My first view of Kuala Lumpur after getting settled at the Traders Hotel was of the iconic Petronas Twin Towers. From my hotel room, I was mesmerized by the unobstructed view of the Petronas Twin Towers and KLCC Park. I was tired from the flight from Thailand, but had a big shot of energy seeing one of the Malaysian landmarks I had on my travel shortlist!
Both the towers and the park were adjacent to the hotel, as well as the Suria KLCC Shopping Mall with a big food court and restaurants on the basement floor. So, after a quick freshening up – I set out on foot to explore the grounds.
Petronas Twin Towers & KLCC Park
The Petronas Twin Towers are the tallest twin structures in the world at 1482 feet (452 meters) tall with 88 stories. Both towers joined at the 41st and 42nd floors by a 190 foot (58 meters) long, double-decker Sky Bridge. The observation deck is on the 86th floor where you can get a close-up view of the tower’s spire and an exhibit of the tower’s history.
The towers resemble an eight-pointed star (when seen from the top), which represents unity, harmony, stability, and rationality in Islamic cultures. The designs and patterns in the entrance foyer reflect Malaysia’s traditional handicrafts and “songket”, or weaving.1
Surrounding the towers is the KLCC Park with jogging and walking paths, a large fountain that lights up for a show each night, and the entrance to the Suria KLCC Shopping Mall. The stores in the mall are similar to those you would find anywhere. The main draw for me was the food area on the basement level with lots of choices to eat and a small grocery store for fruit, snacks, and drinks.
Menara KL Tower
The Menara KL Tower is one of the most recognizable and popular landmarks in Kuala Lumpur. It’s the seventh-tallest communication tower in the world at 1381 feet (421 meters). There are two viewing areas: the enclosed observation deck at feet 905 feet (276 meters) and above it, the main attraction is the outdoor sky deck is at 984 feet (300 meters) above ground level. Both have crazy panoramic views of Kuala Lumpur.
The overall design of the KL Tower was meant to represent the human journey for perfection in life. A Malaysian spinning top was the inspiration for the pinnacle of the structure where you’ll find a revolving restaurant, Atmosphere 360. There also are shops, a cafe, and a pizza joint, among other things.
KL Tower is a communications tower built atop Bukit Nanas (Pineapple Hill) Forest Reserve, one of the oldest forest reserves in the country. Visit the reserve to see tons of flora and fauna in an unexpected place – surrounded by a skyscraper-filled city.
The Batu Caves is a 400 million-year-old limestone hill made up of three major caves and a bunch of smaller ones.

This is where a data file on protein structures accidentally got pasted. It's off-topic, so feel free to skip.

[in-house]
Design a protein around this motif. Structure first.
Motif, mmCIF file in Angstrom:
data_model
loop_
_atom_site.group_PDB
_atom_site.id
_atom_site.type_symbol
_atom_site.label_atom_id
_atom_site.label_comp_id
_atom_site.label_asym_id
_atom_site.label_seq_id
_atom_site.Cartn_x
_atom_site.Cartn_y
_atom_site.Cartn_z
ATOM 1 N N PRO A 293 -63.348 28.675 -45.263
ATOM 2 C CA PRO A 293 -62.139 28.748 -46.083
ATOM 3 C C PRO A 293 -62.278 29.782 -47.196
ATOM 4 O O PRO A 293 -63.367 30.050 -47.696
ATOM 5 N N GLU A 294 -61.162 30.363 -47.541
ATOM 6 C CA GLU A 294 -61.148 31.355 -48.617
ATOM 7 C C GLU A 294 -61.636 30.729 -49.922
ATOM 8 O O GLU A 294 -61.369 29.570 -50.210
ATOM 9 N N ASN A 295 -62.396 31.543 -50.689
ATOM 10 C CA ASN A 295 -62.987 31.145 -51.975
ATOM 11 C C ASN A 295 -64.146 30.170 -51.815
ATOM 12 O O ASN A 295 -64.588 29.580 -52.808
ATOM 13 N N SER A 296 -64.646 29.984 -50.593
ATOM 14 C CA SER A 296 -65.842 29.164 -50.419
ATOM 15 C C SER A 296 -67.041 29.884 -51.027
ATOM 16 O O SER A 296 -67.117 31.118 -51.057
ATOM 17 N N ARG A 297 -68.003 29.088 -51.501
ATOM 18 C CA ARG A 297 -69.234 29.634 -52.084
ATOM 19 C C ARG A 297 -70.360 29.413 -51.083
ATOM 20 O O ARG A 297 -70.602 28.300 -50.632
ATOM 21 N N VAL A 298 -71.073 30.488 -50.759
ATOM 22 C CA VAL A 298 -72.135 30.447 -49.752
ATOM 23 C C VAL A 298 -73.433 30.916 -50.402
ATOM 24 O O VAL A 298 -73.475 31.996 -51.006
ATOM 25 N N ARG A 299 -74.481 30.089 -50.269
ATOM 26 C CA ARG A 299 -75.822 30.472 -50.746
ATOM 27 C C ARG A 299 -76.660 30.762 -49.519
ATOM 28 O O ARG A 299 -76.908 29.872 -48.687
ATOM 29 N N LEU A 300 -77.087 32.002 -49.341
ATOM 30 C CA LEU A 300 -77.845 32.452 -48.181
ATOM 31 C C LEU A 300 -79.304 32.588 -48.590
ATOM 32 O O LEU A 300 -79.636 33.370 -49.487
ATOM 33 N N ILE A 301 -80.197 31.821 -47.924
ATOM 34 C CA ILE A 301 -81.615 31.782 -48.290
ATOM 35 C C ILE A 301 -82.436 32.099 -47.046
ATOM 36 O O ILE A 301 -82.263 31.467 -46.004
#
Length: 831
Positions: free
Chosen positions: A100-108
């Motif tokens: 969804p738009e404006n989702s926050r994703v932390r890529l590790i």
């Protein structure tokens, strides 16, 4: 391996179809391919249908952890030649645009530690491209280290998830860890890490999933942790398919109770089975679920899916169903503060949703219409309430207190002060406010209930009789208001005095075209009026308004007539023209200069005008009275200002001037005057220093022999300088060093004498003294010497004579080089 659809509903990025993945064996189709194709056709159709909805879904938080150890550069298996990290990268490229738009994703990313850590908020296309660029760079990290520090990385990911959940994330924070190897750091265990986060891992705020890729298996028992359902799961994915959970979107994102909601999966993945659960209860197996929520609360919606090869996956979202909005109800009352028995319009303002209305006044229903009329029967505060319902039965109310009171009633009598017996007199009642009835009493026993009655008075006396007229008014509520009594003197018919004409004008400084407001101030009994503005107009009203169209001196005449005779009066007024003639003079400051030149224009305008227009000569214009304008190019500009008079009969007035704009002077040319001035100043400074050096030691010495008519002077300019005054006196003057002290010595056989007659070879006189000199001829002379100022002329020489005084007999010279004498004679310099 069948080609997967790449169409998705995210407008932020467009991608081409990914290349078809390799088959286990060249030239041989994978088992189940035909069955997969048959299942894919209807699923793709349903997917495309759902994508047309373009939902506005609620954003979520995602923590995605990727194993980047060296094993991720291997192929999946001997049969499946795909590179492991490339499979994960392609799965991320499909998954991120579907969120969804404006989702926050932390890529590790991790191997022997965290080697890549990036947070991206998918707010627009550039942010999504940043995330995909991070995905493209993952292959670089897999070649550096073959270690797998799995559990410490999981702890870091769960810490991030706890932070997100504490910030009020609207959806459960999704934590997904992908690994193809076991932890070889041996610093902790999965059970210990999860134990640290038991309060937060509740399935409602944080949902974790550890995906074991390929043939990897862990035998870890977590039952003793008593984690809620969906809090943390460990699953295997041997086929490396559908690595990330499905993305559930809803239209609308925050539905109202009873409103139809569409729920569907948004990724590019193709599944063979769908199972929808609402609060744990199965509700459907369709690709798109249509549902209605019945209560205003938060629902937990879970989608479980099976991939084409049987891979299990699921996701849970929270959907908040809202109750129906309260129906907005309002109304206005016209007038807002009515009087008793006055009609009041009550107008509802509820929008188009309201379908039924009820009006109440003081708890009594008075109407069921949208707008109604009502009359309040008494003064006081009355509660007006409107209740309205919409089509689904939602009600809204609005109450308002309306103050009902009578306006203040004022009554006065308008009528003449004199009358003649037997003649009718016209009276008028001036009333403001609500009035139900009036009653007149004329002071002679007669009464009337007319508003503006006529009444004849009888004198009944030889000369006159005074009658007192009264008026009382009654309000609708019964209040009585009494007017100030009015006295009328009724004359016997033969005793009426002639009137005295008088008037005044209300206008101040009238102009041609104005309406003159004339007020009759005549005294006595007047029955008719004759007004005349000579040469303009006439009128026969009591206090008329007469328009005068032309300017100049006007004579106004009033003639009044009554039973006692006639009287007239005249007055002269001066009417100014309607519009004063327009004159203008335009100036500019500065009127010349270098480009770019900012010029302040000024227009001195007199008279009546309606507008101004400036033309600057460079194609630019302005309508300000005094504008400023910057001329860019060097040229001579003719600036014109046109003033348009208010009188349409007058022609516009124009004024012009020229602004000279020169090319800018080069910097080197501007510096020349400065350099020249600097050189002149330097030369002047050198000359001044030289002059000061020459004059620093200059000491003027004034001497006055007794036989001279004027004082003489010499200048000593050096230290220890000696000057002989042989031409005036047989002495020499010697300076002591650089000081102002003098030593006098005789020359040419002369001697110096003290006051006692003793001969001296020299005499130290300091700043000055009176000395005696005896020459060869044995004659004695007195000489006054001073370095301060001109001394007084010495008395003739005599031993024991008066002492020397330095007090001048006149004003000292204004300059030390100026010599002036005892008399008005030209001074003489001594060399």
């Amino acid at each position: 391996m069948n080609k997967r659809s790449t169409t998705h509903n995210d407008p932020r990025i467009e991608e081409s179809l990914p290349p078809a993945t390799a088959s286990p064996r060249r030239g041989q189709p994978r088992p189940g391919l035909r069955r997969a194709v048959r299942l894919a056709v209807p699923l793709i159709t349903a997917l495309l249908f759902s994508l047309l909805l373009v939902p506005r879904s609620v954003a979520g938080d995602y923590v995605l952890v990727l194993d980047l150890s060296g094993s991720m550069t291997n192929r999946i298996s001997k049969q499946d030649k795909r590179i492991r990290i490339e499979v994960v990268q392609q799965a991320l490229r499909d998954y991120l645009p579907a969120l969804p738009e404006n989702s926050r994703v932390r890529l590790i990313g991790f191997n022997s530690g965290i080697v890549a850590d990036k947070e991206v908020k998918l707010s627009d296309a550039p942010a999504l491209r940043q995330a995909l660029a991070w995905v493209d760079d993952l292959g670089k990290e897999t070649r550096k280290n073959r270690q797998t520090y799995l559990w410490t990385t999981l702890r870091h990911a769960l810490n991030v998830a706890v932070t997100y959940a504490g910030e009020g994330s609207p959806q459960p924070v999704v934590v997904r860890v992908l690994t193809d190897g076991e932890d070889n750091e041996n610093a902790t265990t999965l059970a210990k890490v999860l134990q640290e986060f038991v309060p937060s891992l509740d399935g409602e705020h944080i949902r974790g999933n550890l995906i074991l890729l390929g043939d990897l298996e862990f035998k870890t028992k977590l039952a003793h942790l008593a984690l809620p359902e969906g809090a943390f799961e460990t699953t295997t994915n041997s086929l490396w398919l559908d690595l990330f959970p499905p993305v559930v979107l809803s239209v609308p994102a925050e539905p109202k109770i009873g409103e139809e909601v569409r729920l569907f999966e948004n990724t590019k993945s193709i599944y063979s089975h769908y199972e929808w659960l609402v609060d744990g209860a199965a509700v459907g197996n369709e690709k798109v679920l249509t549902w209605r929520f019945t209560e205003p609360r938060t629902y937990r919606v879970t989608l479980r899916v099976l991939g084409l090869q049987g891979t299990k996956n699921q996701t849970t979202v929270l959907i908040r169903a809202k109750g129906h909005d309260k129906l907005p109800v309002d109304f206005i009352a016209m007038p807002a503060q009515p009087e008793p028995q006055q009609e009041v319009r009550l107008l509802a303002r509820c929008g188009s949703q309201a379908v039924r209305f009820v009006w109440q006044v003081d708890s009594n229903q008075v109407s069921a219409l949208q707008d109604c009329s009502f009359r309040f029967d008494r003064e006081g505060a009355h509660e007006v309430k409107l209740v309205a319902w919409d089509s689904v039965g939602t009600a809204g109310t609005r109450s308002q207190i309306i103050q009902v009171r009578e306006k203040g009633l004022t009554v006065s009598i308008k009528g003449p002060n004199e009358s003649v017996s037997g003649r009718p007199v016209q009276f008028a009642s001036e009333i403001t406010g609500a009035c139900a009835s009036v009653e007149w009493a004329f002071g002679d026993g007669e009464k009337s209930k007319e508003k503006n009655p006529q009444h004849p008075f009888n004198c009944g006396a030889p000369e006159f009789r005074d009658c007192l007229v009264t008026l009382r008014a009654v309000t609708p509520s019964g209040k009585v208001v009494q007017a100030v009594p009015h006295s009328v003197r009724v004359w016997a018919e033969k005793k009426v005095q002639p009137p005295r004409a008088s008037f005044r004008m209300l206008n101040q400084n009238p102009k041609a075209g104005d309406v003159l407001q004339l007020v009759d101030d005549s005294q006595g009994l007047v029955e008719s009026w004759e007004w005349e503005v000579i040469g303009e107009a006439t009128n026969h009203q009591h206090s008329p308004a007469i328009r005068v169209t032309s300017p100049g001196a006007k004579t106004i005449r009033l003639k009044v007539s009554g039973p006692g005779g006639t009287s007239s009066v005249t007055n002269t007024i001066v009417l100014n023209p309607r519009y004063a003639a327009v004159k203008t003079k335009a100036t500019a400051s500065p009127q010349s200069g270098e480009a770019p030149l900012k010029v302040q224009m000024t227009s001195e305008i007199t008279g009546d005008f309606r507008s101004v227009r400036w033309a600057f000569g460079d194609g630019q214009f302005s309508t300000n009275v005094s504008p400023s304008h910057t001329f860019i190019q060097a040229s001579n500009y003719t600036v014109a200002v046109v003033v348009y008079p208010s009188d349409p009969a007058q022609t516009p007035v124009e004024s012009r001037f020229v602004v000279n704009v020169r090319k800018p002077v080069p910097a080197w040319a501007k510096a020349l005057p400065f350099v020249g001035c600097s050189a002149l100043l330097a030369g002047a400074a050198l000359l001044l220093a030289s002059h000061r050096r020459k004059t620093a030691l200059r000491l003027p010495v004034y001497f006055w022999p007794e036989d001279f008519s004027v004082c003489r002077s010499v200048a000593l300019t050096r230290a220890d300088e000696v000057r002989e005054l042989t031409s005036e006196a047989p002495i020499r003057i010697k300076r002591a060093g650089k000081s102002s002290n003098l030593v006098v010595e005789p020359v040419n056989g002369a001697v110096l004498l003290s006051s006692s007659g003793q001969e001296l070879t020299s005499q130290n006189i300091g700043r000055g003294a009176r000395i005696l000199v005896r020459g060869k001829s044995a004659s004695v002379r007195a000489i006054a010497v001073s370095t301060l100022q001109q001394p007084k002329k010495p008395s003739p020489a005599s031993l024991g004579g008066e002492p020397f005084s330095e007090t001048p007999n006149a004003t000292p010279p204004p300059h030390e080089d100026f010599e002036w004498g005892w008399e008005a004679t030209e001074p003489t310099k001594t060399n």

The first temple was built in 1891 and “Thaipusam”, the Tamil Hindu festival devoted to the Hindu deity Murugan, was first celebrated on the site in 1892. Now Thaipusam is a major event that attracts hundreds of thousands of pilgrims annually to the Batu Caves.
The 140 feet (42.7 meters) tall statue of Murugan at the foot of the stairs took three years to construct and was finished in 2006. It took 90 gallons (300 liters) of gold paint!
The Batu Caves is about 15 minutes North of KL by car. To get to the actual caves, you must climb 272 colorful steps, painted in August 2018. It’s hard to imagine the steps plain! I think the rainbow colors help encourage you up the hill, especially with the humidity.
Don’t forget to bring water and take your time – it really only takes about 20 minutes or so to get up the stairs so go get those buns of steel! Watch out for macaque monkeys that will come for you if you have any type of food out.
The Temple Cave (also called Cathedral Cave) is right at the top of the staircase. Below the Temple Cave is the Dark Cave that is sometimes closed to visitors. The Villa Cave contains the Art Gallery Cave and Museum Cave filled with numerous Hindu statues and paintings.
Sultan Abdul Samad Building
Constructed in 1894, the Sultan Abdul Samad Building was created for government offices. The Moorish-style architecture made it stand out for me as a sucker for arches and spiral staircases. Its made almost entirely out of brick – four million of them – and has a 135 foot (41.2 meters) tall clock tower.
The building is a major historical landmark in KL and currently houses the Ministry of Information, Communications, and Culture of Malaysia. It previously contained the superior courts of Malaysia: the Federal Court of Malaysia, the Court of Appeals, and the High Court of Malaya, before they moved to Putrajaya.
2D Cafe can be found in Selangor – just 15 minutes by car, outside of KL city center. It’s on the top level of a small mall and it is easy to miss if you’re not looking for it. You can enjoy bubble tea, smoothies, and some food while having fun at the 2D experience.
Origins of Kuala Lumpur
Kuala Lumpur was founded in 1857 at the confluence of the Klang and Gombak rivers. The Gombak River used to be called Sungai Lumpur. Kuala Lumpur’s name was taken as it was located in Sungai Lumpur’s confluence or “Kuala Lumpur”.
The capital city of KL is a mix of modern and traditional. Its main hub is called the Golden Triangle which comprises Bukit Bintang, KLCC, and Chinatown. There are many places to explore from temples to the Royal Selangor pewter factory to watching silk scarves be handpainted and of course great food everywhere.